The Renaissance was a great cultural movement that started in Italy in the 1300’s and spread through Europe.
By 1600, the Renaissance had affected nearly all of Europe.
Florence, Italy, and the European region of Flanders were the centres of the Renaissance art movement.
History of Renaissance Art
The word renaissance comes from the Latin word rinascere, which means reborn, or rebirth.
During the Renaissance, artists tried to recapture the spirit of ancient Greece and Rome art in their own artistic work. Like ancient Greek and Roman art, Renaissance art often focused on religious subject matters. Renaissance painters used aspects of Roman statues and architecture in their paintings.
The beginning of the Renaissance overlapped with a period of time in European history called the Middle Ages.
During the Middle Ages, people believed their biggest responsibility was to serve God and save their souls. Renaissance thinkers and artists rebelled against this idea, turning their attention to issues of people’s responsibilities and duties to society.
While artists in the Middle Ages painted human figures that looked stiff and unrealistic for religious purposes, renaissance painters stressed the beauty and majesty of the human body.
In the 1200’s, Florentine painter Giotto was the first artist to depict people and nature realistically. He was the first artist to create frescoes, or paintings on damp plaster.
Giotto’s work portrayed great emotion, and his paintings were set in realistic settings. Although Giotto lived before the Renaissance, his work influenced many Renaissance painters, architects, and sculptors.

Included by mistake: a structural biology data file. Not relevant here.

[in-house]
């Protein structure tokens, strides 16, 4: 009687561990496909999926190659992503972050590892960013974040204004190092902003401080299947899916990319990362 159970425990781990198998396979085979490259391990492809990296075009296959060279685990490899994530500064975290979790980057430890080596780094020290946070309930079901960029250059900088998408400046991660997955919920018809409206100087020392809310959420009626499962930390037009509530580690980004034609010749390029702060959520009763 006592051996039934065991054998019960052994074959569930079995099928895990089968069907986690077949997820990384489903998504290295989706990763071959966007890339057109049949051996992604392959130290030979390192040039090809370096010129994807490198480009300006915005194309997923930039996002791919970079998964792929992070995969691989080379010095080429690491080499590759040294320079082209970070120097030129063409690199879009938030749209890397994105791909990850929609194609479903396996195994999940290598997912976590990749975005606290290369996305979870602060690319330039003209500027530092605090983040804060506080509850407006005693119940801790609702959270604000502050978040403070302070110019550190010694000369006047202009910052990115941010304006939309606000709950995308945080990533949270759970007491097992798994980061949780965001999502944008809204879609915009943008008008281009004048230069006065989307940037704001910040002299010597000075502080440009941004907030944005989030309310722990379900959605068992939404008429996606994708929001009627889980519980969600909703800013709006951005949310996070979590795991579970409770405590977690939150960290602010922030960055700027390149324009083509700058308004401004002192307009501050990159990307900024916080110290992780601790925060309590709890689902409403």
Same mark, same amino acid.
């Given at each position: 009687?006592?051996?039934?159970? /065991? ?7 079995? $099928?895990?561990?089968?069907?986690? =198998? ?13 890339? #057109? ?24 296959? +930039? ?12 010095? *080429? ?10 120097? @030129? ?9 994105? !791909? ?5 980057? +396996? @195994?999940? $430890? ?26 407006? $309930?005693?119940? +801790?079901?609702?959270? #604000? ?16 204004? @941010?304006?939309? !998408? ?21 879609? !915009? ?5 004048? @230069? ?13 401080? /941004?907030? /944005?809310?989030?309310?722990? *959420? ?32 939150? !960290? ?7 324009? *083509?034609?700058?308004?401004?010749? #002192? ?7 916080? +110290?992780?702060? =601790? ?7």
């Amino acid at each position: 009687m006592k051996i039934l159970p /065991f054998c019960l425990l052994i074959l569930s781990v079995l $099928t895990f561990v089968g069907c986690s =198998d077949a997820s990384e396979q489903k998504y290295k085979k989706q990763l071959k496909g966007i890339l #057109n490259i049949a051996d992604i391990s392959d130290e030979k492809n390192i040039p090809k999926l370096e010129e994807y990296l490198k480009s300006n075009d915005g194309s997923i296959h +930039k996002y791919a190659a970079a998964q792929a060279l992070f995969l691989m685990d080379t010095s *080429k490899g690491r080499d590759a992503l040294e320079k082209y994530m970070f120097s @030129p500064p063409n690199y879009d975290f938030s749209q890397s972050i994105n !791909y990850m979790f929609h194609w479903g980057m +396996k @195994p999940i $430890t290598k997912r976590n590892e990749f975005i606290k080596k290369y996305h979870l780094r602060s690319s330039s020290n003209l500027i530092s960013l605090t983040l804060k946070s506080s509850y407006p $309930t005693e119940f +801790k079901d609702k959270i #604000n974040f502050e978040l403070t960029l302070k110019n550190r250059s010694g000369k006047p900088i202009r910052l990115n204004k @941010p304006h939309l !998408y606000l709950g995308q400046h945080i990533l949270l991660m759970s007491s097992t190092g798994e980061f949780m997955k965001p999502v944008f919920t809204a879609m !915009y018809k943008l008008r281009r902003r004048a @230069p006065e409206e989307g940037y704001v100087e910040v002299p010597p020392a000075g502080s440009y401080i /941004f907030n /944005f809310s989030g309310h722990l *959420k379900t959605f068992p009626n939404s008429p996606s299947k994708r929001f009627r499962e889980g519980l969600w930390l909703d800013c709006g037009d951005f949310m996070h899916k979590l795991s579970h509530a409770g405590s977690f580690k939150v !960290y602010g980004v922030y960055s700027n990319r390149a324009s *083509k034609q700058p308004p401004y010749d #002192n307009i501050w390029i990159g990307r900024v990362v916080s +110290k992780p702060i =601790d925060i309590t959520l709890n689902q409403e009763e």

Noteworthy Renaissance Artists
Some of the most important early Renaissance artists included architect Filippo Brunelleschi, painter Masaccio, and sculptor Donetaello.
Brunelleschi was the first architect to revive the Roman style of architecture. He was also the first Renaissance artist to use linear perspective which created the effects of space and depth on a flat surface.
Masaccio was well known for his series of religious frescoes he painted in the Branacci Chapel in 1427.
Donatello was the famous Renaissance sculptor who made the human body look realistic and dignified.
Michelangelo, Raphael, and Leonardo da Vinci
Renaissance art flourished through the late 1400’s and 1500’s.
During this time period, the art movement was dominated by three artists: Michelangelo, Raphael, and Leonardo da Vinci.
Michelangelo was an accomplished Renaissance poet, painter, architect, and sculpture. He was a master of the human form. Michelangelo created many magnificent sculptures and helped create and build many churches throughout Italy. He is most famous for creating the magnificent fresco ceiling in the Sistine Chapel.
Raphael was a famous Renaissance painter. His work was characterised by soft lines and poetic forms. Raphael is most famous for beautiful paintings of Madonna and his portraits of the Holy Family. Raphael’s work had strong links with Roman and Greek art.
Leonardo da Vinci was another famous Renaissance artist. He had a great hunger for knowledge -he explored many different fields, including painting, sculpture, architecture, music, geometry, anatomy, invention, engineering, and astronomy.
Da Vinci painted some of the world’s great masterpieces, including The Last Supper and Mona Lisa, and is credited for designing many inventions that paved the way towards modern technology.
Adoption of Renaissance Art Through Europe
The Renaissance movement spread through the rest of Europe when merchants, bankers, diplomats, and scholars visited Italy.
During the 1400’s and 1500’s, Italy was continually invaded by France, Germany, and Spain. The invaders became very taken with Italian Renaissance art and philosophy, and they spread the Renaissance movement to their home countries.
The Renaissance movement influenced many other art movements, including Mannerism and Venetian painting.
The Renaissance movement ended in approximately 1600, and was replaced by the Baroque movement.
Other Art Movements
- Abstract Expressionism
- Academic Art
- Art Deco
- Art Nouveau
- Conceptual Art
- Figurative Art
- Naive Art
- Pop Art
- Surrealism / Surrealist Art